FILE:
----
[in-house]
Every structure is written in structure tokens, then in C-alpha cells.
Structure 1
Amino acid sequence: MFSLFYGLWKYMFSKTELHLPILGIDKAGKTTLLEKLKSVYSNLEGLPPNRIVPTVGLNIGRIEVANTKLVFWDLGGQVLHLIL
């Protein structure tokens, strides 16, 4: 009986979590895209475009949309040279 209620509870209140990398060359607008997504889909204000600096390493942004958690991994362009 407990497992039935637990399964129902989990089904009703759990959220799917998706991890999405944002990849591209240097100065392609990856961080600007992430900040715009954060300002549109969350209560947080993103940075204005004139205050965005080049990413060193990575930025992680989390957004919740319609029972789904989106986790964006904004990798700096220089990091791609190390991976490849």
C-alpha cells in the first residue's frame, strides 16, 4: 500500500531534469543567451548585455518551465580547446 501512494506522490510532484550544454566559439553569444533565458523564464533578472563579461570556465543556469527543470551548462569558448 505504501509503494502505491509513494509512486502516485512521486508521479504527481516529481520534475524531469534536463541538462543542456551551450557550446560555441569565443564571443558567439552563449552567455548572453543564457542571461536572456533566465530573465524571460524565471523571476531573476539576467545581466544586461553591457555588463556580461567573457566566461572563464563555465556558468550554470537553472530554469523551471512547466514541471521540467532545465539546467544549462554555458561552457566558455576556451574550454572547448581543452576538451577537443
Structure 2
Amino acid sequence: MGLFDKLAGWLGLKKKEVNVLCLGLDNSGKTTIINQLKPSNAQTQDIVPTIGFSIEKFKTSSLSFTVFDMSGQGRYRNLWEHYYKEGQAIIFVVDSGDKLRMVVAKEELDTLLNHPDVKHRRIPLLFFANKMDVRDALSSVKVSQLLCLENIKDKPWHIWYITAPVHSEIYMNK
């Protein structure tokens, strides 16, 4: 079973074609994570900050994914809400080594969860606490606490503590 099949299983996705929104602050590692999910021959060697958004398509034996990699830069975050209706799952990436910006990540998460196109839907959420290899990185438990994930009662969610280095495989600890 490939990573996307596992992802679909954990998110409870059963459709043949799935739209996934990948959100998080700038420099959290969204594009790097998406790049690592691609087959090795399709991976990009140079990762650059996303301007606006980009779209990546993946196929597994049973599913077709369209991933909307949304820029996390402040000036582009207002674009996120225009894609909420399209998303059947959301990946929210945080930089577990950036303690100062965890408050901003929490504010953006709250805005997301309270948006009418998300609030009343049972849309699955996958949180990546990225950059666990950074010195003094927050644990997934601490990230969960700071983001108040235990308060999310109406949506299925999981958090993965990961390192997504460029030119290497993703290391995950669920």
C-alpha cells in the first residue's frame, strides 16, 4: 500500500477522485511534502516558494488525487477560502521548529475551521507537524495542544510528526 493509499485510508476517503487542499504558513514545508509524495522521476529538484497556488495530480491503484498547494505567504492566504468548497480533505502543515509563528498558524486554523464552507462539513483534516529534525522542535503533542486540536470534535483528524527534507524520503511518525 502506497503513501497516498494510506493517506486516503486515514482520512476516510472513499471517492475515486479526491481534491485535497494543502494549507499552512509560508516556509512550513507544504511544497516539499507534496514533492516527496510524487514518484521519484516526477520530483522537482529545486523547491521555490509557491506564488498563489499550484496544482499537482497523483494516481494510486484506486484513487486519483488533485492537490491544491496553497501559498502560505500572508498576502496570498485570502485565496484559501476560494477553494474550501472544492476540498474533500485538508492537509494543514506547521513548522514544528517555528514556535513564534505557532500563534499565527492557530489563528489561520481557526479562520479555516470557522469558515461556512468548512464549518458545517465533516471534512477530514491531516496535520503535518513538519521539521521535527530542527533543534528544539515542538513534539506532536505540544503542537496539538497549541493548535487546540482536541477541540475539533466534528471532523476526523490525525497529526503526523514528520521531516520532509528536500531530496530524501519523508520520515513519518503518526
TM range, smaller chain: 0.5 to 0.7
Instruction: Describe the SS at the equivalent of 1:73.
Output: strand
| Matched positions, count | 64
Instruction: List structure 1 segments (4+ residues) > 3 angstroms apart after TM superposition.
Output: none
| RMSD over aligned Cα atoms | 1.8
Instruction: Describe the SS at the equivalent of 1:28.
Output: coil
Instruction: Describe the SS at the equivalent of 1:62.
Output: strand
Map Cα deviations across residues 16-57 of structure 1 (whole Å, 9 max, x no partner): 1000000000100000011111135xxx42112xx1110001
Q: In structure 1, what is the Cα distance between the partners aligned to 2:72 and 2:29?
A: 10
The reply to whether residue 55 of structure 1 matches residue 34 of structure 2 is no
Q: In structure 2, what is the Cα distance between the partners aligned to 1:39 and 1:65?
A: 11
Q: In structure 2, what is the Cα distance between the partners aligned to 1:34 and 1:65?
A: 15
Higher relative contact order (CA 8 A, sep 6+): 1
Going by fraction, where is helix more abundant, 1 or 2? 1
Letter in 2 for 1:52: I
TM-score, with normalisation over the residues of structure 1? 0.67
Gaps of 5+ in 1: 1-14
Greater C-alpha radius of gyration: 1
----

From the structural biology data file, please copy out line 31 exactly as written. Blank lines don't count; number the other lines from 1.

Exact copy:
Going by fraction, where is helix more abundant, 1 or 2? 1